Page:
To determine the most efficient way to transmit 10 kilowatts of power to a real car, the Stanford team created computer models of systems with metal plates added to the basic coil design.
"Asphalt in the road would probably have little effect, but metallic elements in the body of the car can drastically disturb electromagnetic fields," Fan explained. "That's why we did the APL study – to figure out the optimum transfer scheme if large metal objects are present."
Using mathematical simulations, postdoctoral scholars Xiaofang Yu and Sunil Sandhu found the answer: A coil bent at a 90-degree angle and attached to a metal plate can transfer 10 kilowatts of electrical energy to an identical coil 6.5 feet away.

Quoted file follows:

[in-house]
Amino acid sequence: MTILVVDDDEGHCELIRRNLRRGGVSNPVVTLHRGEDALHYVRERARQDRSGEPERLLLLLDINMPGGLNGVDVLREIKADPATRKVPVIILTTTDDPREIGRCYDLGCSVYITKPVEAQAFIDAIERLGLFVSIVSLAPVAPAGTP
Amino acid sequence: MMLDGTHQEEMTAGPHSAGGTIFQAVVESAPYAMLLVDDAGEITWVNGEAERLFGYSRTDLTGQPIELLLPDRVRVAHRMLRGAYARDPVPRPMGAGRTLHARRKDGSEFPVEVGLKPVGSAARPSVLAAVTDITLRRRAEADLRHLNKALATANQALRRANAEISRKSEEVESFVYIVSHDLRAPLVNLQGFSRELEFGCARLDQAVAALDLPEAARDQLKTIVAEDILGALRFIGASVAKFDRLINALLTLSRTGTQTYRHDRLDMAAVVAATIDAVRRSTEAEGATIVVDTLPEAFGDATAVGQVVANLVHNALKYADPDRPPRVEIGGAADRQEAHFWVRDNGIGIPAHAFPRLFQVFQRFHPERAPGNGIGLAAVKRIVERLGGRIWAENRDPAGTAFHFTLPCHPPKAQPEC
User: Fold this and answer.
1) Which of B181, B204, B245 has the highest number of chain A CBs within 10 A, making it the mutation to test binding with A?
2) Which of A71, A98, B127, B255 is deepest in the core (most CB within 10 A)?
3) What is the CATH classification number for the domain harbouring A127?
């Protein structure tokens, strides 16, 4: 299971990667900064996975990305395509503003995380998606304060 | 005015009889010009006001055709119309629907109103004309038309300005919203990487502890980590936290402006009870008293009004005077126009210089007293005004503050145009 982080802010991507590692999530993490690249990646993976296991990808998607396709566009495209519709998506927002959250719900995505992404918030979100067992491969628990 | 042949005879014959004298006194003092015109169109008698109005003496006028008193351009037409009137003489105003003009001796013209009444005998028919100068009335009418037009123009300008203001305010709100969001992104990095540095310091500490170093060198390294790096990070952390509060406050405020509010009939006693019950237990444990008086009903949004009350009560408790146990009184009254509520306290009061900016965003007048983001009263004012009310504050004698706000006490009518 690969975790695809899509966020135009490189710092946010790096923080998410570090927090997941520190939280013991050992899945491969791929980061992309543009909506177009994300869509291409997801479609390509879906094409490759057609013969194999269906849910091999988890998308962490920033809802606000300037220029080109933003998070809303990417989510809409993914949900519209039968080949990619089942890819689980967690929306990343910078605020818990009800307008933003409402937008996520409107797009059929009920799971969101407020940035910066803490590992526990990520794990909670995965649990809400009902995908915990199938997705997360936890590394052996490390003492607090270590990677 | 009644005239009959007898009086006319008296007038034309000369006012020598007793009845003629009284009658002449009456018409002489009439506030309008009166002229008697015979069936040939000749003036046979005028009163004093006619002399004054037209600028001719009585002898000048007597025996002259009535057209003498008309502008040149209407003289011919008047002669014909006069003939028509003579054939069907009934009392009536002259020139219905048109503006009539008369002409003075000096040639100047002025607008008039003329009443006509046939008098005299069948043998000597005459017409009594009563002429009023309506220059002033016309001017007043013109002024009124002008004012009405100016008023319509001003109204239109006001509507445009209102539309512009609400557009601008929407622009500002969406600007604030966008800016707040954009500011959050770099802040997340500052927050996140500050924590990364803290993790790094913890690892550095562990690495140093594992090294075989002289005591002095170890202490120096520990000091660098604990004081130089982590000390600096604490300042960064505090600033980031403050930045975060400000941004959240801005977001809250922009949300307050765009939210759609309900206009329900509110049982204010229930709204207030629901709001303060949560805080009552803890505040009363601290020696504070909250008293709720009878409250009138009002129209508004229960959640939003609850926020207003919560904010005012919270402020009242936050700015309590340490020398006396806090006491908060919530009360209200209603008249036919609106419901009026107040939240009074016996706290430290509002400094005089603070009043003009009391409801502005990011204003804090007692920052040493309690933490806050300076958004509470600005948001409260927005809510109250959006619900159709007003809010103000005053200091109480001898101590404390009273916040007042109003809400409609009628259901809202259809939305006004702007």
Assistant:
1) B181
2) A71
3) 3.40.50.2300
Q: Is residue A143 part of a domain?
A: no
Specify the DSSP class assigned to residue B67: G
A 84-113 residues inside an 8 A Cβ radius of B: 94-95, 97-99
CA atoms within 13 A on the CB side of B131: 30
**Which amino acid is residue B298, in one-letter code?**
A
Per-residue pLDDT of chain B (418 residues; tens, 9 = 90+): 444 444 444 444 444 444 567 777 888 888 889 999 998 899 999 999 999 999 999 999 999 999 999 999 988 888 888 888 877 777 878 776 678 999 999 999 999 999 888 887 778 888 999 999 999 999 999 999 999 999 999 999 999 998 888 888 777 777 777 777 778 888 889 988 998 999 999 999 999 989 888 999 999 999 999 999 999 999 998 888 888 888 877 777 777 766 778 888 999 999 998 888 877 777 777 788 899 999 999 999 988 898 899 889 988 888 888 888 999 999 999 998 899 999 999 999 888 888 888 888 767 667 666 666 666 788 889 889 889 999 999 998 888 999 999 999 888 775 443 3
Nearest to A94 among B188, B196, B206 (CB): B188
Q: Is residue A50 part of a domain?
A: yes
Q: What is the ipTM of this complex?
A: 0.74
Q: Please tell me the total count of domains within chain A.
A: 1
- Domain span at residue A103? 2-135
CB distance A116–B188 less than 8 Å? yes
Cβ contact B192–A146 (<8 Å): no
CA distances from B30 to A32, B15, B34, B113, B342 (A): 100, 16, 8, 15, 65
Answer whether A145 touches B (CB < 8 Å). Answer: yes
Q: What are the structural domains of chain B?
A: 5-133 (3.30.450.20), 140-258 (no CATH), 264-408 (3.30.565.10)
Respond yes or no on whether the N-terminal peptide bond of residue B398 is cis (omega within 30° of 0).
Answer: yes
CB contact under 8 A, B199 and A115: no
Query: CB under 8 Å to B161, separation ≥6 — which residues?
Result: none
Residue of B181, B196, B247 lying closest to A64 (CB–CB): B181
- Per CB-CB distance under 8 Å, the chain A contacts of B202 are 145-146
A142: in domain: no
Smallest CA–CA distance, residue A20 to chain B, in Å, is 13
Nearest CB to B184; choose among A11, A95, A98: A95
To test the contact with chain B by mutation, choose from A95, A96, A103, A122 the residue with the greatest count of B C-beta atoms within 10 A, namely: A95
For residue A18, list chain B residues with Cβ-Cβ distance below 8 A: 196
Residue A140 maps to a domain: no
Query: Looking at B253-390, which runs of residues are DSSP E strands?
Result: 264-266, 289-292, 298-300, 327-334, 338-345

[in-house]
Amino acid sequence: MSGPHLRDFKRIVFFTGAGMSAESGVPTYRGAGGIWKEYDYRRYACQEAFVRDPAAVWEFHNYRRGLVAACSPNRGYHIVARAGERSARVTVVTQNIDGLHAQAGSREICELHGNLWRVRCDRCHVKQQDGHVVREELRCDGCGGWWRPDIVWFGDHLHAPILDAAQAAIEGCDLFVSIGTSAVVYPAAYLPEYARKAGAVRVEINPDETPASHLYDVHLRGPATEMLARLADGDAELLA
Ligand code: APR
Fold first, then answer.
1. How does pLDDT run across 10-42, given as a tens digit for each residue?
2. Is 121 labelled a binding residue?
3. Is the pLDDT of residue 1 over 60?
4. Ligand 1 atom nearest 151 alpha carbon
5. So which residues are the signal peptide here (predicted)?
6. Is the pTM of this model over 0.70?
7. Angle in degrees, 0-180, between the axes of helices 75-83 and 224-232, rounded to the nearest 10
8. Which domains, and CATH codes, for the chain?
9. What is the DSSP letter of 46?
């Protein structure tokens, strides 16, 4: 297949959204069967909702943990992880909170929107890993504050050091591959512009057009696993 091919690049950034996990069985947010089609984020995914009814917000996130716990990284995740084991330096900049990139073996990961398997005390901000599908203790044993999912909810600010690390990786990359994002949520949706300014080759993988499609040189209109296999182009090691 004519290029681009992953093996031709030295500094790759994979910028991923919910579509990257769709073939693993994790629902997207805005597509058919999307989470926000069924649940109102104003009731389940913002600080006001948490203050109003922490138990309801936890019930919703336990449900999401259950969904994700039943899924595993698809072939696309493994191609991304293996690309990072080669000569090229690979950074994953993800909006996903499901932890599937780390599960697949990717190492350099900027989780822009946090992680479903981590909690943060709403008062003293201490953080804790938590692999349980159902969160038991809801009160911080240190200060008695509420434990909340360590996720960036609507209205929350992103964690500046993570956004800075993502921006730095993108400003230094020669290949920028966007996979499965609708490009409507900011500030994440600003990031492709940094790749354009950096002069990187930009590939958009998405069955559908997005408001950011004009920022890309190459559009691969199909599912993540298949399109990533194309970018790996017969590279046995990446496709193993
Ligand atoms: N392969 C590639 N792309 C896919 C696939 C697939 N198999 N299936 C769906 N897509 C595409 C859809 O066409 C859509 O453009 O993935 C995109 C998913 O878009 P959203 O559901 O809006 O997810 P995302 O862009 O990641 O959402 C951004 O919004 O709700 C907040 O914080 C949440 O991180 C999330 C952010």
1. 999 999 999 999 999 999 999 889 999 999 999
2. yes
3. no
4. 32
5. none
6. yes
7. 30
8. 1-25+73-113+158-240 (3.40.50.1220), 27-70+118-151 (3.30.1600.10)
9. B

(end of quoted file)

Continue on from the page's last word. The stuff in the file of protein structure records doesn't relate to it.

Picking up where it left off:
"That's fast enough to maintain a constant speed," Fan said. "To actually charge the car battery would require arrays of coils embedded in the road. This wireless transfer scheme has an efficiency of 97 percent."
The researchers also want to make sure that the system won't affect drivers, passengers or the dozens of microcomputers that control steering, navigation, air conditioning and other vehicle operations.
"We need to determine very early on that no harm is done to people, animals, the electronics of the car or to credit cards in your wallet," said Sven Beiker, executive director of the Center for Automotive Research at Stanford (CARS). Although a power transfer efficiency of 97 percent is extremely high, Beiker and his colleagues want to be sure that the remaining 3 percent is lost as heat and not as potentially harmful radiation.